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Darwin's Devices

What Evolving Robots Can Teach Us About the History of Life and the Future of Technology

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Description

What happens when we let robots play the game of life?   The challenge of studying evolution is that the history of life is buried in the past—we can’t witness the dramatic events that shaped the adaptations we see today. But biorobotics expert John Long has found an ingenious way to overcome this problem: he creates robots that look and behave like extinct animals, subjects them to evolutionary pressures, lets them compete for mates and resources, and mutates their ‘genes’. In short, he lets robots play the game of life.   In Darwin’s Devices, Long tells the story of these evolving biorobots—how they came to be, and what they can teach us about the biology of living and extinct species. Evolving biorobots can replicate creatures that disappeared from the earth long ago, showing us in real time what happens in the face of unexpected environmental challenges. Biomechanically correct models of backbones functioning as part of an autonomous robot, for example, can help us understand why the first vertebrates evolved them.   But the most impressive feature of these robots, as Long shows, is their ability to illustrate the power of evolution to solve difficult technological challenges autonomously—without human input regarding what a workable solution might be. Even a simple robot can create complex behavior, often learning or evolving greater intelligence than humans could possibly program. This remarkable idea could forever alter the face of engineering, design, and even warfare.   An amazing tour through the workings of a fertile mind, Darwin’s Devices will make you rethink everything you thought you knew about evolution, robot intelligence, and life itself.

Publishers Weekly Review

Feb 27, 2012 – Long, director of Vassar’s Robotics Research Laboratory, describes a wonderfully creative series of experiments conducted with autonomous fishlike robots that, among other qualities, can search for food and avoid predators. In short, these “tadros” (tadpole robots) can compete with each other in a mock evolutionary battle for survival. Long begins with first principles, his three simple rules of evolution: you score points for every child you create; bonus points for a child with offspring; and you use any means necessary to keep your offspring alive. Long’s process of designing the “tadros” and experiments are fascinating and give unique insights into high-level science. For example, he designs his “tadros” to swim fast, an evolutionary advantage that results in a “wobble,” thought to be an evolutionary disadvantage. But surprisingly the combination of wobble and speed confers an evolutionary advantage. Long deciphers these unexpected results with a delightful sense of humor and an infectious awe at, and enthusiasm for, discovery and the elegant mechanisms of evolution. For readers who like serious science, this is a captivating tour of the marriage of technology and biology. B&w illus.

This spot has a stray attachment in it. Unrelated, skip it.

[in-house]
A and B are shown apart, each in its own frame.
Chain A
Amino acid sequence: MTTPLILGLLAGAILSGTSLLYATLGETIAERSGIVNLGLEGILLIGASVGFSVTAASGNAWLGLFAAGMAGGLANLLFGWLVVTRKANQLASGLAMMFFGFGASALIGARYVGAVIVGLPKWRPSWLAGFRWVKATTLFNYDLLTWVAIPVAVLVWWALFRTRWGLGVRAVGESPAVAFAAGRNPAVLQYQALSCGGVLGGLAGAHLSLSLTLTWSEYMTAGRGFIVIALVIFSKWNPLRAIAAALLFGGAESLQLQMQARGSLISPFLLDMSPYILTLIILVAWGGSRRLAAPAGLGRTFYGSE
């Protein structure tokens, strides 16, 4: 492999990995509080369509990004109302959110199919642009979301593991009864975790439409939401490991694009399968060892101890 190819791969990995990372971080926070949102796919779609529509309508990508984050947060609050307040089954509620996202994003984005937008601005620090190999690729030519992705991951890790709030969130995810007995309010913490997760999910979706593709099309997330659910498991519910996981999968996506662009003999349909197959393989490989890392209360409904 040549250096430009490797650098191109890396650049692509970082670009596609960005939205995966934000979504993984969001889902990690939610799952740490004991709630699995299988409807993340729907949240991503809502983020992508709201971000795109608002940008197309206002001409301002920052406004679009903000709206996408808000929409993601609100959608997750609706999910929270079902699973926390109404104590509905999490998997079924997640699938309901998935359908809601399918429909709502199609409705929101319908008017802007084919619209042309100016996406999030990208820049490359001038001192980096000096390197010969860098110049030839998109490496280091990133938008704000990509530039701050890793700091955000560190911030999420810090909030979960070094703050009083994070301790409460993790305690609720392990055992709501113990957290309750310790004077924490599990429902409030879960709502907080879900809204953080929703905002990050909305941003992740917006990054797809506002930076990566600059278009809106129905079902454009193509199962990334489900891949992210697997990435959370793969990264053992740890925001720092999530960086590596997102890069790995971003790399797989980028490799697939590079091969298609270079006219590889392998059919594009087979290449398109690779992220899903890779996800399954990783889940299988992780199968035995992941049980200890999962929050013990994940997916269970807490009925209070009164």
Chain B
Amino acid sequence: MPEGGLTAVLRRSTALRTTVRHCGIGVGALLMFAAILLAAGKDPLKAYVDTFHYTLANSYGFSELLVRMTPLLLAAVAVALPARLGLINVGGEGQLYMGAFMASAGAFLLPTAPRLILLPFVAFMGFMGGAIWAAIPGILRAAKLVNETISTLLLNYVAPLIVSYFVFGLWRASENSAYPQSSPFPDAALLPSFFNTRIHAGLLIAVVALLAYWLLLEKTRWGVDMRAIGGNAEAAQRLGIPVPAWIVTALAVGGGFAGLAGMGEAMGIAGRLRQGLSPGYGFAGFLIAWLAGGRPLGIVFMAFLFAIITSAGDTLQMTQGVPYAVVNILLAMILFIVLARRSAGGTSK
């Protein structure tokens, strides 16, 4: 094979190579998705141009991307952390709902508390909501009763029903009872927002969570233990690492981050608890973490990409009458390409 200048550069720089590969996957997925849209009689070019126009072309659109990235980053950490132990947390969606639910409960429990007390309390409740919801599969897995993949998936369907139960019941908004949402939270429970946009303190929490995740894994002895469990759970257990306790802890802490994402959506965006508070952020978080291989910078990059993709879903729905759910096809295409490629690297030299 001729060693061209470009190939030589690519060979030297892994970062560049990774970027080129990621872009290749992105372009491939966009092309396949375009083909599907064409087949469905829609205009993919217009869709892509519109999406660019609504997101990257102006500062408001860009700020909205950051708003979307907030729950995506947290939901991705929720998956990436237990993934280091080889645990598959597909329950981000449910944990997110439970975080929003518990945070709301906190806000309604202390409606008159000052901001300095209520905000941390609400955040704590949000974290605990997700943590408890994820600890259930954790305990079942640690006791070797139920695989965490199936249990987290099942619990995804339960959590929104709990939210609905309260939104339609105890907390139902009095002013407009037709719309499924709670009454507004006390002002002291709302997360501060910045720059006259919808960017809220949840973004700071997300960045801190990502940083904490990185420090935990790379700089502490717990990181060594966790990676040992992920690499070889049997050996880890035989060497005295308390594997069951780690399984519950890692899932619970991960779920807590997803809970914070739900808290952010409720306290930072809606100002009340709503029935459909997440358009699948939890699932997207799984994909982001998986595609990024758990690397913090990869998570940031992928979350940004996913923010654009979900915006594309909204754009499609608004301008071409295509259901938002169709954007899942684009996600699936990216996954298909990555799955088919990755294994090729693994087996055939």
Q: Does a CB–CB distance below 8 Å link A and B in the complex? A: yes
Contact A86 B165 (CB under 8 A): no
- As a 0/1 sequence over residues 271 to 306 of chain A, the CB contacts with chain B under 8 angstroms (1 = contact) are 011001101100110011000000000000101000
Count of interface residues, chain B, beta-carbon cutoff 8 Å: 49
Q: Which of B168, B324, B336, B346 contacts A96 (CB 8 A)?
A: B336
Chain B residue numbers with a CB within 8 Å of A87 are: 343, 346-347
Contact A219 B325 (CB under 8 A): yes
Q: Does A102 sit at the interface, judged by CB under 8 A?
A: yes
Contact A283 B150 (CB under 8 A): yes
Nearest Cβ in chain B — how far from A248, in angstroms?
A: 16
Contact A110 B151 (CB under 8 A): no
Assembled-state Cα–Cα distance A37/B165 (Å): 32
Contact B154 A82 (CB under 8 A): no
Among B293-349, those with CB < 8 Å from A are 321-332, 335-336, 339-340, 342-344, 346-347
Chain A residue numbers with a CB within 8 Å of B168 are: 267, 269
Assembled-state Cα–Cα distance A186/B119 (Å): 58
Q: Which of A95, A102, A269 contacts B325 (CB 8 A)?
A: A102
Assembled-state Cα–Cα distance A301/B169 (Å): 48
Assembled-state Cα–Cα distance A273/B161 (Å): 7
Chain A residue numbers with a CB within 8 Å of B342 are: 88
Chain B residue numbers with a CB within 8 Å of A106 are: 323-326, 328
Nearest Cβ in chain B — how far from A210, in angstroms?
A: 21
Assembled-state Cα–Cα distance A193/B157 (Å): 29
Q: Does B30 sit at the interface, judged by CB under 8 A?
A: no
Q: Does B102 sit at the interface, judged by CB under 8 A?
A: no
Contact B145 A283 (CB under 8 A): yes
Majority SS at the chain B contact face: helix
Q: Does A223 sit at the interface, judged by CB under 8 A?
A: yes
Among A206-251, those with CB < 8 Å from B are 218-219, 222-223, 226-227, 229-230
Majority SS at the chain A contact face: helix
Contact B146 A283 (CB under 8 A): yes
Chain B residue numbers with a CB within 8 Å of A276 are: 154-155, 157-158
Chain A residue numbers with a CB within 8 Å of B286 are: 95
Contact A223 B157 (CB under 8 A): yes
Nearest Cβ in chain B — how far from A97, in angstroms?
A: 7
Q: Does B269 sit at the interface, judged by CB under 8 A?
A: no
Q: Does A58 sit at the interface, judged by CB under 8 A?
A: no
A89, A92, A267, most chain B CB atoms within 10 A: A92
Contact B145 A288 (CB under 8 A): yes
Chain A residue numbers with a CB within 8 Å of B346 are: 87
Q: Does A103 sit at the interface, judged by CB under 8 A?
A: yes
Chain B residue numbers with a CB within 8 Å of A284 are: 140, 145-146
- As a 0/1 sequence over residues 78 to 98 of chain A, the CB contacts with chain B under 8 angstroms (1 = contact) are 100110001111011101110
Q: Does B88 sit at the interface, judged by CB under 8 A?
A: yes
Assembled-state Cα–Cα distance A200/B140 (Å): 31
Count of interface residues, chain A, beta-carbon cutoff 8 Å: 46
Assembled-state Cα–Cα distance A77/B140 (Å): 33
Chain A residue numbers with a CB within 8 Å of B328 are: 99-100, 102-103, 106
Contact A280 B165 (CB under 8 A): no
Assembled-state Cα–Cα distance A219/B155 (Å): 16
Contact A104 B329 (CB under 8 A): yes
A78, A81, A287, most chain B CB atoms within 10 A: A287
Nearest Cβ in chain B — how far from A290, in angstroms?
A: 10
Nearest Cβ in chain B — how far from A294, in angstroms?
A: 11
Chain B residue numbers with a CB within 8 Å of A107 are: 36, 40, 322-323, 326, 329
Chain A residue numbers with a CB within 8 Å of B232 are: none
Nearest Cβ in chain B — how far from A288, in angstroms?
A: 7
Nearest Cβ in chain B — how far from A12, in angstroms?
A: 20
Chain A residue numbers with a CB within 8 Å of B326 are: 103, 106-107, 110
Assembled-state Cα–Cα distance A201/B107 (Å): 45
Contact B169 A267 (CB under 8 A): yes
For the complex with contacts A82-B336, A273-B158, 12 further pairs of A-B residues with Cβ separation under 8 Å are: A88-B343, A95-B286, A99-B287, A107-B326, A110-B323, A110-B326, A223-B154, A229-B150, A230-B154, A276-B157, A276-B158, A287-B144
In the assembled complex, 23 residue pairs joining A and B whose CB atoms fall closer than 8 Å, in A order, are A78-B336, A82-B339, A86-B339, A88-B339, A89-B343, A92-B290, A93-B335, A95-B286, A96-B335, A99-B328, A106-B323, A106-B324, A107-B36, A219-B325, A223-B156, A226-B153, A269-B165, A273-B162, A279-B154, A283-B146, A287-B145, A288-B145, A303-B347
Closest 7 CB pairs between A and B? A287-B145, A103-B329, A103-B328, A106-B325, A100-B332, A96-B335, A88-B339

Darwin's Devices
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  • $17.99
  • Available on iPhone, iPad, iPod touch, and Mac.
  • Category: Science & Nature
  • Published: Apr 03, 2012
  • Publisher: Basic Books
  • Seller: The Perseus Books Group, LLC
  • Print Length: 288 Pages
  • Language: English
  • Requirements: To view this book, you must have an iOS device with iBooks 1.3.1 or later and iOS 4.3.3 or later, or a Mac with iBooks 1.0 or later and OS X 10.9 or later.

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